Prism of the Heart

March 2, 2014
We’ve spent the last few months looking at the heart practices, and now is a good time to review a little and spend some time practicing. Here are the various practices for cultivating loving kindness, compassion, appreciative joy, and equanimity.
For the next week, choose one each day and make it your practice. Or if you prefer, choose one practice for the whole week. Remember that with steady mindfulness, each one supports the other. By focusing on any of these beautiful and wise expressions of the heart, the others will be engaged and automatically play a supporting role.
Loving Kindness
In formal practice, one recites these phrases silently as blessings, intentions or resolves. It can be helpful to visualize yourself (or the person you’re practicing with) feeling contented, peaceful, and happy while saying the phrases. Sometimes I enjoy putting my hand over the heart center while keeping the image in mind and saying the phrases. This connects the mind and heart directly to the intention of the practice. Try gently smiling, too. It relaxes the body. 
May I be contented and pleased
May I be protected and safe
May I be gentle and kind
May I meet this moment with ease
We all have people in our lives we find challenging. Regardless of the particulars of the circumstance, sometimes it’s so challenging that we are less than skillful in our interactions. Compassion can really help reduce the sting of these situations. My mentor, Donald Rothberg reminds me that when we can tune into the pain of another, we will be in our right minds. And I want to live in my right mind.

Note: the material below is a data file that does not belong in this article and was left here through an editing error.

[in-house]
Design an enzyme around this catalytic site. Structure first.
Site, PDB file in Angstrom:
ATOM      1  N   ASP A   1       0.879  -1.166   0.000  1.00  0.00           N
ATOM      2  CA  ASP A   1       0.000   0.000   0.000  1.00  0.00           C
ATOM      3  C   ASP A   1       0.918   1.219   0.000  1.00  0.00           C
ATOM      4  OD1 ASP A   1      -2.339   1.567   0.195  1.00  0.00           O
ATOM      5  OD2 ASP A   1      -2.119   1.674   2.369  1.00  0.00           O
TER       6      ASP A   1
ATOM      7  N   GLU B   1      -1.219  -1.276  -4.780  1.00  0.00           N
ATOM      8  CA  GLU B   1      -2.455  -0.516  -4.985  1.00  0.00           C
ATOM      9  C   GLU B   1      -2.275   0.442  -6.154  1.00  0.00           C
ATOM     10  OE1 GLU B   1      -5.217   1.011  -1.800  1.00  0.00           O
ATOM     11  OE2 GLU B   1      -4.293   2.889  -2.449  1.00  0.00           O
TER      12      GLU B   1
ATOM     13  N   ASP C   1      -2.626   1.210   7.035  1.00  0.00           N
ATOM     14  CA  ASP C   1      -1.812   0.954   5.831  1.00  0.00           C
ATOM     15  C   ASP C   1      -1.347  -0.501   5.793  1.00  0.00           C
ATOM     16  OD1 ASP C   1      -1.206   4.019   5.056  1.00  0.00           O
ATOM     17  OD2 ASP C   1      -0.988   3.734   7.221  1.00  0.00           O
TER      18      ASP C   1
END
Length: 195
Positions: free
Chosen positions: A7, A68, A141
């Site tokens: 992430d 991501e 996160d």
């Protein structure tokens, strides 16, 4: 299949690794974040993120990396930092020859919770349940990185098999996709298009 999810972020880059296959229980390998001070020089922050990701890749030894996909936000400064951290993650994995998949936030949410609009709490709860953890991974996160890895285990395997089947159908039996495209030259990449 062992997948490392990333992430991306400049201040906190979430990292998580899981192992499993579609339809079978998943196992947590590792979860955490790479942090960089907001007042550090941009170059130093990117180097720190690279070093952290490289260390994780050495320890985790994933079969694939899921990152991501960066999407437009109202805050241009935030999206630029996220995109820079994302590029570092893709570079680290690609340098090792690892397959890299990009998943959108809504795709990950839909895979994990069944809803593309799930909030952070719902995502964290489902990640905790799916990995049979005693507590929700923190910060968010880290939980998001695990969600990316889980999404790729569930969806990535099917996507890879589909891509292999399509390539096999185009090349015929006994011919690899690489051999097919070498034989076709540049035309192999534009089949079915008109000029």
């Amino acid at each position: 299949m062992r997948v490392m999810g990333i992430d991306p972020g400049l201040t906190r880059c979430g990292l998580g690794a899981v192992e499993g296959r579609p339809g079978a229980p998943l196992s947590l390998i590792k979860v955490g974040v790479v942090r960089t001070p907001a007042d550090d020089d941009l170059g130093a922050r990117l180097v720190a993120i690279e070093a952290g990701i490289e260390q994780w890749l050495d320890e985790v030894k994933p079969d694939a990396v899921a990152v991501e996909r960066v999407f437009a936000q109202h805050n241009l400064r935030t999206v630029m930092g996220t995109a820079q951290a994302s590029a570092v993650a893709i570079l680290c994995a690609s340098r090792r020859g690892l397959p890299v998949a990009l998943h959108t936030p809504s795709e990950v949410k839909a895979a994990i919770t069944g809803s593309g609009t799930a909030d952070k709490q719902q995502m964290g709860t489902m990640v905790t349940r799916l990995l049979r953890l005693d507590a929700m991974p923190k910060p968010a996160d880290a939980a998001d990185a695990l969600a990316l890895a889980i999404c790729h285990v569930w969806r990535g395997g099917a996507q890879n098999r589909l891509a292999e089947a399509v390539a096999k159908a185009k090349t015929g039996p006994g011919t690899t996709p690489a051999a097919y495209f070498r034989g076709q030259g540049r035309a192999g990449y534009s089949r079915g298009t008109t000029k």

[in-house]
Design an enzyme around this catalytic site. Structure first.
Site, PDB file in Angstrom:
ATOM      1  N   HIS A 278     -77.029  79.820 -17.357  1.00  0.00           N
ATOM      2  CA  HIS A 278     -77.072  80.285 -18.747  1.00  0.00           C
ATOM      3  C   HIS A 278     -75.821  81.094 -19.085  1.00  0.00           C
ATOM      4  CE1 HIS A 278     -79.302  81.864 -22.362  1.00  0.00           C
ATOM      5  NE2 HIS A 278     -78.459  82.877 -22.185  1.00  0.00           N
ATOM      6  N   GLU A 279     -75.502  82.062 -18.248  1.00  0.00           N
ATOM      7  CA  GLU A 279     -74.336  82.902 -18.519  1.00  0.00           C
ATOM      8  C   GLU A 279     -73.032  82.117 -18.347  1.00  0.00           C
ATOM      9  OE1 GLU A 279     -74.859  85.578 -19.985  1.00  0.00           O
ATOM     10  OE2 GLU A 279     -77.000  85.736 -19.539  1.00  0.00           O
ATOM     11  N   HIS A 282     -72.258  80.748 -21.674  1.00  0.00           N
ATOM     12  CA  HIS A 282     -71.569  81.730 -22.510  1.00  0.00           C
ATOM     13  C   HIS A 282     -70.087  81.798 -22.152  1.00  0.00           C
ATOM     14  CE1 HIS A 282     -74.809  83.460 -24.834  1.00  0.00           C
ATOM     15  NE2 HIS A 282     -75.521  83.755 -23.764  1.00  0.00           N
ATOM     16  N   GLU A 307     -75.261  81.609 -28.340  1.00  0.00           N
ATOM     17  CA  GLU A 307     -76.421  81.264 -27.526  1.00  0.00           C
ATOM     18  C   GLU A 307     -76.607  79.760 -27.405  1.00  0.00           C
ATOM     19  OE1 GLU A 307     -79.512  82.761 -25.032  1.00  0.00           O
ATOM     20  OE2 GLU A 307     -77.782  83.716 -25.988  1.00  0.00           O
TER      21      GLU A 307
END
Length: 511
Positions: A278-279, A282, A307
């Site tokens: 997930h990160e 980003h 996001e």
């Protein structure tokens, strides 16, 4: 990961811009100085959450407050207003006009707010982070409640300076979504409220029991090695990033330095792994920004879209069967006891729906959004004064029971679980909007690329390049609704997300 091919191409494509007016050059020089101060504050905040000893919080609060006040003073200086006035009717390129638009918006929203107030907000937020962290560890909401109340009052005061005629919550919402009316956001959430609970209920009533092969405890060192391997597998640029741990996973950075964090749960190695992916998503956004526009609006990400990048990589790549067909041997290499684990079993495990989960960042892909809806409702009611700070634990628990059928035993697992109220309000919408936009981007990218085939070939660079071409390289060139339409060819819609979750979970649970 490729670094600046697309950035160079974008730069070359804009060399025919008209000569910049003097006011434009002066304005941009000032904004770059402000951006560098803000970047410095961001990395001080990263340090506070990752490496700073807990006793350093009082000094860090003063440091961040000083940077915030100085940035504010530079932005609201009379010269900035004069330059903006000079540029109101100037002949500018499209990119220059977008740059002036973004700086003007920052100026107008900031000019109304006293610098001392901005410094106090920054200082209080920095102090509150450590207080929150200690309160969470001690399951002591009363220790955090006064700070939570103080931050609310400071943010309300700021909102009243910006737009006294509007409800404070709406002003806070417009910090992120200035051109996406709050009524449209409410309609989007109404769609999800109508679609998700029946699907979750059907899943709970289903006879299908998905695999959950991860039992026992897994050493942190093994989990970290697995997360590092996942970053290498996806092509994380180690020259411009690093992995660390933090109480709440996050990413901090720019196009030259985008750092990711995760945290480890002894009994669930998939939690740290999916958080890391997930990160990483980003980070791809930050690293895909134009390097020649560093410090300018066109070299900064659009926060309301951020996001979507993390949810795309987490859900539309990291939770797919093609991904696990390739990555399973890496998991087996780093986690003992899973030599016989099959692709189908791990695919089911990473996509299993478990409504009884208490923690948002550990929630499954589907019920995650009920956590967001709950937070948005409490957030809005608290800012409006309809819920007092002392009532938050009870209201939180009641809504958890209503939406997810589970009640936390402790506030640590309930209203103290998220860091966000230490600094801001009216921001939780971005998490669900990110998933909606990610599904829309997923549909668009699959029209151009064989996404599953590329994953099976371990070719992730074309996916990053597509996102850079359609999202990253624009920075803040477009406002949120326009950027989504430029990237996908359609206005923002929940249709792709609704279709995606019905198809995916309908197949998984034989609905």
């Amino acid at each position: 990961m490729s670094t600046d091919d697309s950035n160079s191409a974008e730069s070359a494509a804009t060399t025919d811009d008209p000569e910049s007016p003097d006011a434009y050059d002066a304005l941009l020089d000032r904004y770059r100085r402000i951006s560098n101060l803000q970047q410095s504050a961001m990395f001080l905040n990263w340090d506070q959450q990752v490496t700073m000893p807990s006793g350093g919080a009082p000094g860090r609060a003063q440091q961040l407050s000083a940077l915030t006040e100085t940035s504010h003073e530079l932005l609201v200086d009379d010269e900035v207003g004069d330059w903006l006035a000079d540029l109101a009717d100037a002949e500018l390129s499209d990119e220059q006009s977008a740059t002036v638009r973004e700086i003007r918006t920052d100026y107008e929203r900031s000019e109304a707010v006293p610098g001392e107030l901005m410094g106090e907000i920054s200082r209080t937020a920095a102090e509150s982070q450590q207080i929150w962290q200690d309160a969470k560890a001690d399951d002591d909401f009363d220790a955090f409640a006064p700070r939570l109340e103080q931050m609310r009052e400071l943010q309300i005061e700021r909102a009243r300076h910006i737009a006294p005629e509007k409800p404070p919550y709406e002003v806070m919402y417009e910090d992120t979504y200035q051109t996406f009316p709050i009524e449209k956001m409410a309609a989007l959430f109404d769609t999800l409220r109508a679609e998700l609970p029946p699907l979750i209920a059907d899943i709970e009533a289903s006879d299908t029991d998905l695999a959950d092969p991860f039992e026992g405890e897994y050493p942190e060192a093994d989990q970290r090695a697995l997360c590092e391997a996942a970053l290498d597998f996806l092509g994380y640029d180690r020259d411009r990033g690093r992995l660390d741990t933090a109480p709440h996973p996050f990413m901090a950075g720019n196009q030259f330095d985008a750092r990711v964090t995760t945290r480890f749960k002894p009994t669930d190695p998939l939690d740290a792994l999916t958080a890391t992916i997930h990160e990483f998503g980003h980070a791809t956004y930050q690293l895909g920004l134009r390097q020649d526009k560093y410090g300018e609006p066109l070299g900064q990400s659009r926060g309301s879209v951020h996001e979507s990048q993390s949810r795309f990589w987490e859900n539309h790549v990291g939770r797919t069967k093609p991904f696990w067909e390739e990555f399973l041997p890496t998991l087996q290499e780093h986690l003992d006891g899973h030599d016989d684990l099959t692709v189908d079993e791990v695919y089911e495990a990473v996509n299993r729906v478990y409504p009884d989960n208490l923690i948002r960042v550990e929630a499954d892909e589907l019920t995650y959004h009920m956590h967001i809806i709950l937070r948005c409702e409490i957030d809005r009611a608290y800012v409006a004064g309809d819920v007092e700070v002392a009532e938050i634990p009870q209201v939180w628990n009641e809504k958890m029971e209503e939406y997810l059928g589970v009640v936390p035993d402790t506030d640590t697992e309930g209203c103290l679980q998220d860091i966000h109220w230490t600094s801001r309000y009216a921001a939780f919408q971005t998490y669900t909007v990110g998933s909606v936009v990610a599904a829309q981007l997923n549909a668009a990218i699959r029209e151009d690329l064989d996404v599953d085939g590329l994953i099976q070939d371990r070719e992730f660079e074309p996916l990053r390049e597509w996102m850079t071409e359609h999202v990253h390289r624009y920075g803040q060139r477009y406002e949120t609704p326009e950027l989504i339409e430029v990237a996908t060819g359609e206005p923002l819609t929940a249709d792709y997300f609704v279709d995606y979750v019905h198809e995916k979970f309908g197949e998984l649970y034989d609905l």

Take some time to think about that. This is what makes “compassion” a verb. When we get out of our own way, we really can see more clearly and act more wisely.
Compassion for ourselves works the same way. When we can get underneath the surface of our own muck and see what’s really going on, we’re more likely to feel some relief and be kinder to ourselves. And when we can’t see what’s really going on and all we feel is lousy, we can say 

“May I hold myself with compassion”
Appreciative Joy
Keep this practice simple. Look for the good, smile often, and remember joy. Here are a few phrases that are a lovely meditation directed towards finding joy in another’s good fortune.
May your happiness grow
May your happiness continue
May your happiness shine
Like the moon, the stars, and the sun
The practices for cultivating a relaxed accommodating even-mindedness, and the capacity to take it all in and say “this, too,” can be done anywhere anytime. As with the other practices, the key is remembering to do it. Try silently saying to yourself:
May I have balance in this moment
May I be centered in this moment
Imagine what being balanced and centered feel like, and drop into that. This part is important. By getting a sense of how this feels in the body, it becomes more easily accessible next time you’re looking for balance. This also applies to the other heart practices.
And understanding that equanimity is directly connected to actions, whether ours or someone else’s:
I am the owner of my karma. My happiness and unhappiness depend upon my own actions, not on anyone else’s wishes for me.

I hope you enjoy the practices.